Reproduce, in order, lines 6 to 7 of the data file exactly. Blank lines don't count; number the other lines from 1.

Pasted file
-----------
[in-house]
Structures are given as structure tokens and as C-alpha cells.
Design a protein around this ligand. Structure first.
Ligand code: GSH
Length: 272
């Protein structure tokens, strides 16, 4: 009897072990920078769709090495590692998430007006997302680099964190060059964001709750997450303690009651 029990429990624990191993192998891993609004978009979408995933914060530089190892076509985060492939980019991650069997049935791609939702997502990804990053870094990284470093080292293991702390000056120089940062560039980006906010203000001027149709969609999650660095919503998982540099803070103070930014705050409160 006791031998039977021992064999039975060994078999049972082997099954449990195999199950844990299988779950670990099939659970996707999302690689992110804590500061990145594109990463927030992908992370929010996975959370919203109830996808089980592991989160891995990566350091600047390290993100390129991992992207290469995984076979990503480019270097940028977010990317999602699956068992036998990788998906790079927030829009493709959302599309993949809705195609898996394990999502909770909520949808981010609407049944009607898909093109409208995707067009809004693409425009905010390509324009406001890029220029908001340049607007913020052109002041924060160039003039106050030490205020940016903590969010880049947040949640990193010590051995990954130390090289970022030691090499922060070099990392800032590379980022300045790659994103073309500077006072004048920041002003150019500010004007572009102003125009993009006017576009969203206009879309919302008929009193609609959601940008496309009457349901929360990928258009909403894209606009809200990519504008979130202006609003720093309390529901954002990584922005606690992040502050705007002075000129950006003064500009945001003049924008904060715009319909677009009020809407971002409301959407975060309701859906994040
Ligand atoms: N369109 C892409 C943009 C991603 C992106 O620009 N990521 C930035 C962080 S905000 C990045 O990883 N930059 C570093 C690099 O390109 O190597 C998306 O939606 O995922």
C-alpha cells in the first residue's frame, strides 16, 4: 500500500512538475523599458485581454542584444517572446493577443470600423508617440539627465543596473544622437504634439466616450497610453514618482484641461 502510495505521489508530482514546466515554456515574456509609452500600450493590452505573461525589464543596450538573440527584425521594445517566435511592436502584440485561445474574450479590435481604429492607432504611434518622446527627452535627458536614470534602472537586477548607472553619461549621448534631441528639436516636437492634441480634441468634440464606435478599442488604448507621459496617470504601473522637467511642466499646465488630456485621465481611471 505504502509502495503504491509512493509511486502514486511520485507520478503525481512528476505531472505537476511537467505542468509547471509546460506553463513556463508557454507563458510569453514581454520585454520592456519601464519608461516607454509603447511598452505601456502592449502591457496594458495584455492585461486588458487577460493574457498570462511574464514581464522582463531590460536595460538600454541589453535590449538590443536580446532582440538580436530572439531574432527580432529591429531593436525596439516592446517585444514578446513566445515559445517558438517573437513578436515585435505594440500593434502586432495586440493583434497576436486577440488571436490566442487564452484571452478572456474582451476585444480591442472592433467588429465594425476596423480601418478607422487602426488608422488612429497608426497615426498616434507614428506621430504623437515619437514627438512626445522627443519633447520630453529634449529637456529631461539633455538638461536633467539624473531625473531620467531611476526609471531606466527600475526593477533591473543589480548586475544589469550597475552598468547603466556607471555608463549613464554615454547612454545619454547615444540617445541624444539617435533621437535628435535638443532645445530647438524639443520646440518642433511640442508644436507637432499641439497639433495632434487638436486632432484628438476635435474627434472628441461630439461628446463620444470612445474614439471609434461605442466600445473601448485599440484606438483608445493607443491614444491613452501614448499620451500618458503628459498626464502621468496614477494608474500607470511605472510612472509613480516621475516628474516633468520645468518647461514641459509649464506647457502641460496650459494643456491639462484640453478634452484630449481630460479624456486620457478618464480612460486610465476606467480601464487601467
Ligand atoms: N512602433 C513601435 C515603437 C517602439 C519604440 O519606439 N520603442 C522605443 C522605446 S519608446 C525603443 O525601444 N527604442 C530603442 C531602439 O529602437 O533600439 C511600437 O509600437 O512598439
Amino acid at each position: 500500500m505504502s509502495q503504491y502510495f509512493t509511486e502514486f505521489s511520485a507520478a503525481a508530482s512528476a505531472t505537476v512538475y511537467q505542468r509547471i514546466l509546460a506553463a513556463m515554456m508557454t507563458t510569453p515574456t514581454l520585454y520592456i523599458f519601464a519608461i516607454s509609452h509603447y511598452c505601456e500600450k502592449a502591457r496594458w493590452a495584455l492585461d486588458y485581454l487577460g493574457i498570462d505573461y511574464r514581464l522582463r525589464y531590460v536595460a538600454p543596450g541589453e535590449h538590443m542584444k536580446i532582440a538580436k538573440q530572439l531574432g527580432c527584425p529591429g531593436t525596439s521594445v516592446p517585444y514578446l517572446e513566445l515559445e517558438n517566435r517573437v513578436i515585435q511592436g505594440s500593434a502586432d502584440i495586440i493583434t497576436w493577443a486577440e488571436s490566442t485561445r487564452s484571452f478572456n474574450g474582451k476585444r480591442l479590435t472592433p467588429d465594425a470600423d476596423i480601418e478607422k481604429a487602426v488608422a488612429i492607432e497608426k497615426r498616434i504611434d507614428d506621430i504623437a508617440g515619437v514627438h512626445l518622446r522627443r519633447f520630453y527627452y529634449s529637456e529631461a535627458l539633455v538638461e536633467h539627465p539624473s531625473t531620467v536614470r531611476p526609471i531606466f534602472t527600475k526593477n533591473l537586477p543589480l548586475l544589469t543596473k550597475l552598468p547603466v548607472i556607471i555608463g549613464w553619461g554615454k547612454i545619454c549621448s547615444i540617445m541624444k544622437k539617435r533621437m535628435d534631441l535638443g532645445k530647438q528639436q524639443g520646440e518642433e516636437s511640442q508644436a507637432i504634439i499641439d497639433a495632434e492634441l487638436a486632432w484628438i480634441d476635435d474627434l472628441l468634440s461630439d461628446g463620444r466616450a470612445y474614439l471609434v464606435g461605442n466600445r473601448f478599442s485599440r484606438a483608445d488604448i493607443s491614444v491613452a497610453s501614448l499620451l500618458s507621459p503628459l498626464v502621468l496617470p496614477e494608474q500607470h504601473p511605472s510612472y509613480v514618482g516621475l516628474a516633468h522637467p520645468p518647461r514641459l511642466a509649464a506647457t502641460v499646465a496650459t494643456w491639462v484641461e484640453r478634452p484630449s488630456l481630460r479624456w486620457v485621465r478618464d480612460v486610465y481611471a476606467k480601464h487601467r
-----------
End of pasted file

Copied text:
């Protein structure tokens, strides 16, 4: 009897072990920078769709090495590692998430007006997302680099964190060059964001709750997450303690009651 029990429990624990191993192998891993609004978009979408995933914060530089190892076509985060492939980019991650069997049935791609939702997502990804990053870094990284470093080292293991702390000056120089940062560039980006906010203000001027149709969609999650660095919503998982540099803070103070930014705050409160 006791031998039977021992064999039975060994078999049972082997099954449990195999199950844990299988779950670990099939659970996707999302690689992110804590500061990145594109990463927030992908992370929010996975959370919203109830996808089980592991989160891995990566350091600047390290993100390129991992992207290469995984076979990503480019270097940028977010990317999602699956068992036998990788998906790079927030829009493709959302599309993949809705195609898996394990999502909770909520949808981010609407049944009607898909093109409208995707067009809004693409425009905010390509324009406001890029220029908001340049607007913020052109002041924060160039003039106050030490205020940016903590969010880049947040949640990193010590051995990954130390090289970022030691090499922060070099990392800032590379980022300045790659994103073309500077006072004048920041002003150019500010004007572009102003125009993009006017576009969203206009879309919302008929009193609609959601940008496309009457349901929360990928258009909403894209606009809200990519504008979130202006609003720093309390529901954002990584922005606690992040502050705007002075000129950006003064500009945001003049924008904060715009319909677009009020809407971002409301959407975060309701859906994040
Ligand atoms: N369109 C892409 C943009 C991603 C992106 O620009 N990521 C930035 C962080 S905000 C990045 O990883 N930059 C570093 C690099 O390109 O190597 C998306 O939606 O995922």